Group Clubs have reported a 2020 civil judgment handed down by the Guangzhou Maritime Court which has ruled that shipowners can be liable for shortages of less than 0.5% of the quantity stated on the bill of lading (B/L).
American Club said that the judgment of the Court gave rise to concerns regarding similar types of claims in future.
American Club Managers SCB recommended that:
- For shipments of bulk cargo destined for the PRC, it should be ensured that the draft survey report of either loading port or discharging port is not to be disclosed to the cargo interests, including shippers, consignees, and charterers, especially a draft survey report arranged by the shipowner or conducted by crew members themselves.
- Masters and crew members should be made aware that there was little prospect for carriers to defend shortage claim in the PRC by arguing short loading at the loading port. On the contrary, it might create liability for the shipowner. The draft report at the loading port should not be disclosed to anyone, including the cargo interest’s representative, the cargo interest’s surveyor, PRC customs authorities, PRC Maritime Safety Administration, port authorities, or shipping agents.
- It was suggested By American Club that the draft survey be named “Preliminary Information Advice” other than “draft survey report” if the bulk cargo carried was bound for the PRC. It was also suggested to include the following remarks on such document: “This [Preliminary Information Advice] [draft survey report] is not a certificate and is not intended for negotiation nor does it have any commercial value in any respect whatsoever.”
- Caution should be exercised regarding demands for a letter of indemnity from the shippers for shortage at the loading port since it might be considered as evidence of the shipowner’s negligence in issuing the B/L by a PRC court.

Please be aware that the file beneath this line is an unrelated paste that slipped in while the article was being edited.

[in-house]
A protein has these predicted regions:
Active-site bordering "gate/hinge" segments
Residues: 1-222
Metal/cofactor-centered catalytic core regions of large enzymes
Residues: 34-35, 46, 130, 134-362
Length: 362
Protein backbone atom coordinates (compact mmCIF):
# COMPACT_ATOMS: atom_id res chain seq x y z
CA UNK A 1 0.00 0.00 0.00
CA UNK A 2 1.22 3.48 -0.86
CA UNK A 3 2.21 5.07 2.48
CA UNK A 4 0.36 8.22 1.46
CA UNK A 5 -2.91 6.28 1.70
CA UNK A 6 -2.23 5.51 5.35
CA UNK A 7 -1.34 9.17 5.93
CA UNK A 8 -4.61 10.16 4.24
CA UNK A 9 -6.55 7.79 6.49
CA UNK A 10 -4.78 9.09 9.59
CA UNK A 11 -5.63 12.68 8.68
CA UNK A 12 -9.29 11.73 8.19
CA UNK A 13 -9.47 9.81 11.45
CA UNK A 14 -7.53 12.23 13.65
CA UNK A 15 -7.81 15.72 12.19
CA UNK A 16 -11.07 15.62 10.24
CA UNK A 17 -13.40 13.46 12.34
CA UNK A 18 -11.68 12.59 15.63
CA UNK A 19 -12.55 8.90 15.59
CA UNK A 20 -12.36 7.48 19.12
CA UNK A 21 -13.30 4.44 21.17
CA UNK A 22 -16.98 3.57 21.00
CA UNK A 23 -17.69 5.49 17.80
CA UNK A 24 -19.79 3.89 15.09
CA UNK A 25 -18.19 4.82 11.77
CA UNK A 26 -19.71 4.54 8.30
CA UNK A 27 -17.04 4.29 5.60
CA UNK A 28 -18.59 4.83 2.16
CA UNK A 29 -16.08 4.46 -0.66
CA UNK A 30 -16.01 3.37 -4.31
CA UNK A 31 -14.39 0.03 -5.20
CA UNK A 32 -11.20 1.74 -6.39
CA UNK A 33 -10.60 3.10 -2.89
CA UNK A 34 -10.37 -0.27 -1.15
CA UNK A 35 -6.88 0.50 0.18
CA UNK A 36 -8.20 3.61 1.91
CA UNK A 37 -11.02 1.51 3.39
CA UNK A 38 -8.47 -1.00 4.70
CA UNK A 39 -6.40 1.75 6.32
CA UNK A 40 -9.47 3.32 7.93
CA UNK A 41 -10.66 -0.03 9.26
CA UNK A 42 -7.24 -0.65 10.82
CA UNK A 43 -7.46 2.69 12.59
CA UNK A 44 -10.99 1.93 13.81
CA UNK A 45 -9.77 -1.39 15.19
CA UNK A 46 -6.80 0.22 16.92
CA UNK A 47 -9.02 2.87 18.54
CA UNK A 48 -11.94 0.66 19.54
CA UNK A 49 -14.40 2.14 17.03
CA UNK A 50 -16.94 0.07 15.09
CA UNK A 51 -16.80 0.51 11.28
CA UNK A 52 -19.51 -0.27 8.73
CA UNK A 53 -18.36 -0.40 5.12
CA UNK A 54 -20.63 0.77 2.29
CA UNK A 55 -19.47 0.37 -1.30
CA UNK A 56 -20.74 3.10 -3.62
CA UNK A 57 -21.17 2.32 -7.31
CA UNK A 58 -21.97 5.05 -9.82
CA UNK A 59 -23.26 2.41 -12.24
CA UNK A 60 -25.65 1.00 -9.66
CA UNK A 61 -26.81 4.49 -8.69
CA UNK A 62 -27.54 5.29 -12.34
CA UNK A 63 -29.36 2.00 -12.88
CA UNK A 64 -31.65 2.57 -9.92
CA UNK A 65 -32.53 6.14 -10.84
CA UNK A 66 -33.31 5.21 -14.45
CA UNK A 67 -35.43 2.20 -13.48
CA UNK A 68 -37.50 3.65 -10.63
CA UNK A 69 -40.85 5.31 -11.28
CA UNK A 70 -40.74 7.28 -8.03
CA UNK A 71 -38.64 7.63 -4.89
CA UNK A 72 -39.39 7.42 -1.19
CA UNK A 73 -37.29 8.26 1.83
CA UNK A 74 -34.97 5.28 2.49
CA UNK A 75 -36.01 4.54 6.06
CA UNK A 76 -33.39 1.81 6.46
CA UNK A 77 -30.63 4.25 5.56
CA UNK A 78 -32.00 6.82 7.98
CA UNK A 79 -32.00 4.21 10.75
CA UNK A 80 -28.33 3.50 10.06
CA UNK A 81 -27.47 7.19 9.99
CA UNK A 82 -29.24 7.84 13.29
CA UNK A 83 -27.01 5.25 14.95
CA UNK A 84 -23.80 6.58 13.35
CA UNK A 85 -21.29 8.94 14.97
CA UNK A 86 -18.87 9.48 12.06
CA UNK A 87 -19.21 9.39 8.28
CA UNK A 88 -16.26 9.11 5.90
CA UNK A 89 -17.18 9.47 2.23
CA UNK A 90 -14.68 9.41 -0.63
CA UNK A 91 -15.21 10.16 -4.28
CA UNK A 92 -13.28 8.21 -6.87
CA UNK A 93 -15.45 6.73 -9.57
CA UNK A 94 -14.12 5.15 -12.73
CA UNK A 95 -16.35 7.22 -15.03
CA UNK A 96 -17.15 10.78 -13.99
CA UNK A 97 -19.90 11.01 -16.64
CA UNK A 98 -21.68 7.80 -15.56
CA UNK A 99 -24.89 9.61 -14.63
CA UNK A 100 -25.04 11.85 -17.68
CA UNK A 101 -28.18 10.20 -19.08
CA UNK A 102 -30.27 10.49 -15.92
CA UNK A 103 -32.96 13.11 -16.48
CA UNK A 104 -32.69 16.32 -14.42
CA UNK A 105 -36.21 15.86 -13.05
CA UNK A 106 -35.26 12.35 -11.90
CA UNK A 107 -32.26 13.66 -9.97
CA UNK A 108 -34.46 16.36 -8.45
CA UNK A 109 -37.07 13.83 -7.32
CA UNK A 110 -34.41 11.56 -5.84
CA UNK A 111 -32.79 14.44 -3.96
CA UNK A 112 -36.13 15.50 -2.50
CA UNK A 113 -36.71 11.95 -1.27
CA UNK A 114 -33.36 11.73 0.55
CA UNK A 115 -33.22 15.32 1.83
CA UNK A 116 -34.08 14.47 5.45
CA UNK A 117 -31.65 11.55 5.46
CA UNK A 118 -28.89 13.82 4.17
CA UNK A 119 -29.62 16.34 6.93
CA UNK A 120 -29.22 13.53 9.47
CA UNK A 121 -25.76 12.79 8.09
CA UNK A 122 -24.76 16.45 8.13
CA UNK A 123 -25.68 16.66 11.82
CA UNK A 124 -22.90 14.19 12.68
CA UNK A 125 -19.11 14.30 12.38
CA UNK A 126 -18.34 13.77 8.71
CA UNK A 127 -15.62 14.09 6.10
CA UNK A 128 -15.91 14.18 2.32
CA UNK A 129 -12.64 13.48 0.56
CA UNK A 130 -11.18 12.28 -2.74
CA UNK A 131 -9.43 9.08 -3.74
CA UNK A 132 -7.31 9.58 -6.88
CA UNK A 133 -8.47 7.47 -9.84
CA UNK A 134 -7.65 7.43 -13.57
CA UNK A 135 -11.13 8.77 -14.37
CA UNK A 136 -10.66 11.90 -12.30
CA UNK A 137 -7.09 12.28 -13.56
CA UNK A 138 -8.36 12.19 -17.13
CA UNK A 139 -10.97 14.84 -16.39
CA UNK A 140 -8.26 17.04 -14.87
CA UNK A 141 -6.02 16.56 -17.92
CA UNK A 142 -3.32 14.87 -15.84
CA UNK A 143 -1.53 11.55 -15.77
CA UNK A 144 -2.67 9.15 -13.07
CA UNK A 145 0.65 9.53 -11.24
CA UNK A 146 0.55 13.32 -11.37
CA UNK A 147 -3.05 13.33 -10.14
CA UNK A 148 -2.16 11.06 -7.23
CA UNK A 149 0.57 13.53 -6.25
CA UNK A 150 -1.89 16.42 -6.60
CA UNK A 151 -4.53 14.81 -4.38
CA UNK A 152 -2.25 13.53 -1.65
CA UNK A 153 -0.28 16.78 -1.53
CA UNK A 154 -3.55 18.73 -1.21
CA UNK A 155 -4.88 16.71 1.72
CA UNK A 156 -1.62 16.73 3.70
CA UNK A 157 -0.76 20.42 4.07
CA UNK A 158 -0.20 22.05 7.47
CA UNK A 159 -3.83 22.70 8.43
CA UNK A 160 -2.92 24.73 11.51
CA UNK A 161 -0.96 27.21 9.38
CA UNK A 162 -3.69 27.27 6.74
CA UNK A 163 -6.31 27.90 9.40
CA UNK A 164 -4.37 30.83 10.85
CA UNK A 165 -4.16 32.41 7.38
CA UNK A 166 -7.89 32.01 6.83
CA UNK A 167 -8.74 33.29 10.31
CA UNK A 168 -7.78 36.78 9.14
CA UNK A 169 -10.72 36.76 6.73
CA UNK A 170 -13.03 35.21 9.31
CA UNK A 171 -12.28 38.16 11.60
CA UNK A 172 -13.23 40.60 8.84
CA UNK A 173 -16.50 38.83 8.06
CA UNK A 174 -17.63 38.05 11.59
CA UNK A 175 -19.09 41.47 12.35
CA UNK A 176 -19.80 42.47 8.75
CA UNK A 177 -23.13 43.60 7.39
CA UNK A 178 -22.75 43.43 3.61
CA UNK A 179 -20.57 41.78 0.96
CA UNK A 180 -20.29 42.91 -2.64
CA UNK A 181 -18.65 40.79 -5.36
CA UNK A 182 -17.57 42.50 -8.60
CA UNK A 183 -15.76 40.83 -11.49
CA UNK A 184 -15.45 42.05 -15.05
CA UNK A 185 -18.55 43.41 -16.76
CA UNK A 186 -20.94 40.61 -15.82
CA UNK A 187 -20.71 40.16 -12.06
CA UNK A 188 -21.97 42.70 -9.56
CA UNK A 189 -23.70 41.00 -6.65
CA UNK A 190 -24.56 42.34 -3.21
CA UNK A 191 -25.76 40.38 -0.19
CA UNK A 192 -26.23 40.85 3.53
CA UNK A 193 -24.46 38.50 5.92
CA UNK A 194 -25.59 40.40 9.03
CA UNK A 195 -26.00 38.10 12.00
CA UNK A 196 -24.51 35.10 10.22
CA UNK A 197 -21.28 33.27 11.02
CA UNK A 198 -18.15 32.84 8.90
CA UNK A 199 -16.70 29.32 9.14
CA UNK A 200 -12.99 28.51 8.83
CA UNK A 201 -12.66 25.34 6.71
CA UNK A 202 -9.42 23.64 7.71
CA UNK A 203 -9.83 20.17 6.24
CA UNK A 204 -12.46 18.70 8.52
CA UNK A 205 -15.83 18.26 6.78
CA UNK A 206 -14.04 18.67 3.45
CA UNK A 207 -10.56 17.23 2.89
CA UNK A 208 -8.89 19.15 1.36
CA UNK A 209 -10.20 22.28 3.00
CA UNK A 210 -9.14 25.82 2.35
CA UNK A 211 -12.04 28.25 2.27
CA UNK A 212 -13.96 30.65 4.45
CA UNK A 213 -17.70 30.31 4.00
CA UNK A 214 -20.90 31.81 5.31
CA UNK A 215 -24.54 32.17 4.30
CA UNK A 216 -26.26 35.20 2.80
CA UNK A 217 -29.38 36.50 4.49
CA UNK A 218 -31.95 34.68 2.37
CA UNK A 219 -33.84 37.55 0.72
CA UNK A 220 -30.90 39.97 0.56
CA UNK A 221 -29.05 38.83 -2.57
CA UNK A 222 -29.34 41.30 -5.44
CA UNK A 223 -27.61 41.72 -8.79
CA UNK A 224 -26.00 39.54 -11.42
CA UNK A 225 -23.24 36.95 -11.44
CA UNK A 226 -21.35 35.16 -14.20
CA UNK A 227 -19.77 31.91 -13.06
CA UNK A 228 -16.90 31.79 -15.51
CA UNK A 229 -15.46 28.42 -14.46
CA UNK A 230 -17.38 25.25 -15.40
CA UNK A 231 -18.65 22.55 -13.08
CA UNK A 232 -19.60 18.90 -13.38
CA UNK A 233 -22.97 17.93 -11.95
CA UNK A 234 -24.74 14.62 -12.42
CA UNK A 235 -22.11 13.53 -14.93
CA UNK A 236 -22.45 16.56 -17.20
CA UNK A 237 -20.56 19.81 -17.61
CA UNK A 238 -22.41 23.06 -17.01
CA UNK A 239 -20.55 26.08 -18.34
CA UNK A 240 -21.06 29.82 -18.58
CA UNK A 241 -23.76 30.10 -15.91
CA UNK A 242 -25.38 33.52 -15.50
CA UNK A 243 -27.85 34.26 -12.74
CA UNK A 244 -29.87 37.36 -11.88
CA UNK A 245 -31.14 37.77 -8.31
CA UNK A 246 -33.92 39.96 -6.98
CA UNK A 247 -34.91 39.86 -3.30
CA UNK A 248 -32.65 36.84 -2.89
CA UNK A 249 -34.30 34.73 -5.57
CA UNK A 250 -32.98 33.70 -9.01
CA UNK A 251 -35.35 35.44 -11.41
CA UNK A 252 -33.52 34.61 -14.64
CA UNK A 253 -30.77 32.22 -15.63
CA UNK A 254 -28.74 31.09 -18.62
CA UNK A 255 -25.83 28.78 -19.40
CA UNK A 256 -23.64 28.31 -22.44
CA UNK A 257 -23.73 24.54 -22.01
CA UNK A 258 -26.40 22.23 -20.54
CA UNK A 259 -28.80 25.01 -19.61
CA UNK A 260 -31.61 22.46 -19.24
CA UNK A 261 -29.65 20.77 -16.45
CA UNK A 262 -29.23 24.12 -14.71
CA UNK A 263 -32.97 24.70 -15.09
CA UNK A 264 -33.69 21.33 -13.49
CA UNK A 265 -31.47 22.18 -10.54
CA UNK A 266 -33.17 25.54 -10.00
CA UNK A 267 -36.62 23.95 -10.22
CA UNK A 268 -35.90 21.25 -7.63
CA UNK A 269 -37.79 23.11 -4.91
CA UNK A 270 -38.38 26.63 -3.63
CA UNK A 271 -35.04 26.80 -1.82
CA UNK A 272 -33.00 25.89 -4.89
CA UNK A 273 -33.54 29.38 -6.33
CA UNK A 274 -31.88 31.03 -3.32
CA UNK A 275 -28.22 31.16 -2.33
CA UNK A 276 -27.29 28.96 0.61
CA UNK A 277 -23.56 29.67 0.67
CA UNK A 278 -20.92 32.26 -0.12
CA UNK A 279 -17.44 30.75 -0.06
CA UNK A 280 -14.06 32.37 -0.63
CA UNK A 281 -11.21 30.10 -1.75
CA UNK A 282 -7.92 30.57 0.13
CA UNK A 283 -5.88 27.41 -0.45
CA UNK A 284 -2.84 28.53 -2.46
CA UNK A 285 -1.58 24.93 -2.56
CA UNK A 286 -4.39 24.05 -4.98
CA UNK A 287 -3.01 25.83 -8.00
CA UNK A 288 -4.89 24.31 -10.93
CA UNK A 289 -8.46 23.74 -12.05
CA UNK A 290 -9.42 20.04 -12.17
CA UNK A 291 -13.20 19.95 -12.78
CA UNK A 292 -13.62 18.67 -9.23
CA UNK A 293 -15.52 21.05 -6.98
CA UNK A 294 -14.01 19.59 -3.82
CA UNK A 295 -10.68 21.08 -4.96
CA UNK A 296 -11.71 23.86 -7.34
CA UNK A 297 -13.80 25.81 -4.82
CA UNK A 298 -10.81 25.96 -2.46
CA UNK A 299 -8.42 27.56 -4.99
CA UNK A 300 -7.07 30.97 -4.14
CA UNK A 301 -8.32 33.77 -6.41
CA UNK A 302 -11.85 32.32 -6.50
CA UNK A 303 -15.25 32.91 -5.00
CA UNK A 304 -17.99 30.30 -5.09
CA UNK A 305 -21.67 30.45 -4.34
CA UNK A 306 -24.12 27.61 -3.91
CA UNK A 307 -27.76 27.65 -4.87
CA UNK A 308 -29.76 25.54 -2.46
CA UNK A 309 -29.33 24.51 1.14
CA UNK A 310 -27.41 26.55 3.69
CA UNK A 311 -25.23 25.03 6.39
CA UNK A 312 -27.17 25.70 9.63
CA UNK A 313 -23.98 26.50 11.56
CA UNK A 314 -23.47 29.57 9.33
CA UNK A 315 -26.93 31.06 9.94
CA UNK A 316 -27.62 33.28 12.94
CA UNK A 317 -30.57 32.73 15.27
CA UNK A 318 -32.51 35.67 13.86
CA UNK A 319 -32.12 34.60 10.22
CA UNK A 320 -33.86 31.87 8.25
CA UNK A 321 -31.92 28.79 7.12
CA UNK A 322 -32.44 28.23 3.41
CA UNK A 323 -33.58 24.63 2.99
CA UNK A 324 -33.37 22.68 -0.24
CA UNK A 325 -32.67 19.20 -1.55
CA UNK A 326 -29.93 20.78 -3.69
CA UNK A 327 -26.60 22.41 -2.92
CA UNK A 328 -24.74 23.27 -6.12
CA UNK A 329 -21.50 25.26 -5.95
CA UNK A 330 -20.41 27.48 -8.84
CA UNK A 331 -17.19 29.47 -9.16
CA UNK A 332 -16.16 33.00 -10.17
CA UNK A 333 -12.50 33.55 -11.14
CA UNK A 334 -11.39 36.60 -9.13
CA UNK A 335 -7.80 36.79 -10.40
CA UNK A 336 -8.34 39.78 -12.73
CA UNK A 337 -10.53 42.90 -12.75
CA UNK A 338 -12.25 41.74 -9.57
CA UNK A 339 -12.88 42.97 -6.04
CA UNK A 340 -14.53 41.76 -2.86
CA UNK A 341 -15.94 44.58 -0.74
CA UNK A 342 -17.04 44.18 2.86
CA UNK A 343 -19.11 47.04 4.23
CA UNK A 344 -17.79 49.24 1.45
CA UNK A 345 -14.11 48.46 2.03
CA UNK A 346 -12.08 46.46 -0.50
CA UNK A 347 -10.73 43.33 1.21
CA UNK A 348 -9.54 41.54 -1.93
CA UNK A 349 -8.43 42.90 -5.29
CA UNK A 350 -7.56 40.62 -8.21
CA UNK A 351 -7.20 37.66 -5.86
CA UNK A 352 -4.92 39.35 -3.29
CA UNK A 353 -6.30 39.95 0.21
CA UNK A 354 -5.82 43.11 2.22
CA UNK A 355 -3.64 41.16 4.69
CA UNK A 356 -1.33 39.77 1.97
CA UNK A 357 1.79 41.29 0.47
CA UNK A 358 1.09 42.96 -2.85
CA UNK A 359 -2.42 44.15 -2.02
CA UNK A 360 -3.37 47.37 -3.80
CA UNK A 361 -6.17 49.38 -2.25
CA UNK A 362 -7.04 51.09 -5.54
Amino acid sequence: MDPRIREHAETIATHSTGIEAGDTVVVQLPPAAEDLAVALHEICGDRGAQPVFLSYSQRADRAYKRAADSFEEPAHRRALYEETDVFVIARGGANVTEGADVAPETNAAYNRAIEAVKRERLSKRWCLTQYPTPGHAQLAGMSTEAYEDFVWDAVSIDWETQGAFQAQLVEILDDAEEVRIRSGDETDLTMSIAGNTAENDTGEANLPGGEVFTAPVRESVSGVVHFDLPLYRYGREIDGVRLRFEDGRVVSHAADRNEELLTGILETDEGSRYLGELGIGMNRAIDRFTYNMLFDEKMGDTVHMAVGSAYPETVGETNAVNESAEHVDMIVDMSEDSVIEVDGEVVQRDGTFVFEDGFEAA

- It was advisable that Members consider commencing settlement negotiation before the claimants take any legal action. To this end, it was recommended that Members contact the Managers at the earliest opportunity so that timely assistance could be provided. American Club’s Managers recommended that Members take note of this information and be guided accordingly.
UK Club also cited Huatai Marine Correspondents. UK Club said that it dealt with several similar cases from last year. It also noted that the judgement had been appealed and the second trial judgement had yet to be made.
Wang Shumei, Deputy Chief Judge of the Fourth Civil Division of the Supreme People’s Court, gave the summary speech at the National Maritime Trial Practice Symposium on June 16th 2017. In terms of “the Carrier’s liability for shortage of bulk cargo”, one of her points is “the Carriers are allowed to raise a defence of exemption of liability of trade allowance within 0.5% of the draft survey on the premises that the Carriers do not have any faults of non-prudential obligation on the care of cargo obligation. If there is evidence to the contrary that the Carriers are at fault (eg, bill of lading is issued against the Shippers’ declaration and the LOI when cargo is short loaded at the port of loading), the Carriers’ defence of 0.5% trade allowance shall in principle not be sustained, even if the deficiency is less than 0.5%.”
A law firm in Guangdong, on behalf of a corn import company, filed a series of such claims in 2020, trying to rely on the Supreme Court’s opinion to get compensation.
The above judgement of the Guangzhou Maritime Court was issued for one of the claims, “which undoubtedly encouraged the Receivers to pursue the other claims”, said UK Club, adding that it therefore anticipated that there might be more similar types of claims in future.
In a similar case handled by UK Club’s Guangdong office, owners in Germany rejected the claim in the first instance. However, a summons was later served by the Chinese Court in Germany. With the assistance of the UK Club Guangdong Office, the claim was settled at an acceptable level to both sides.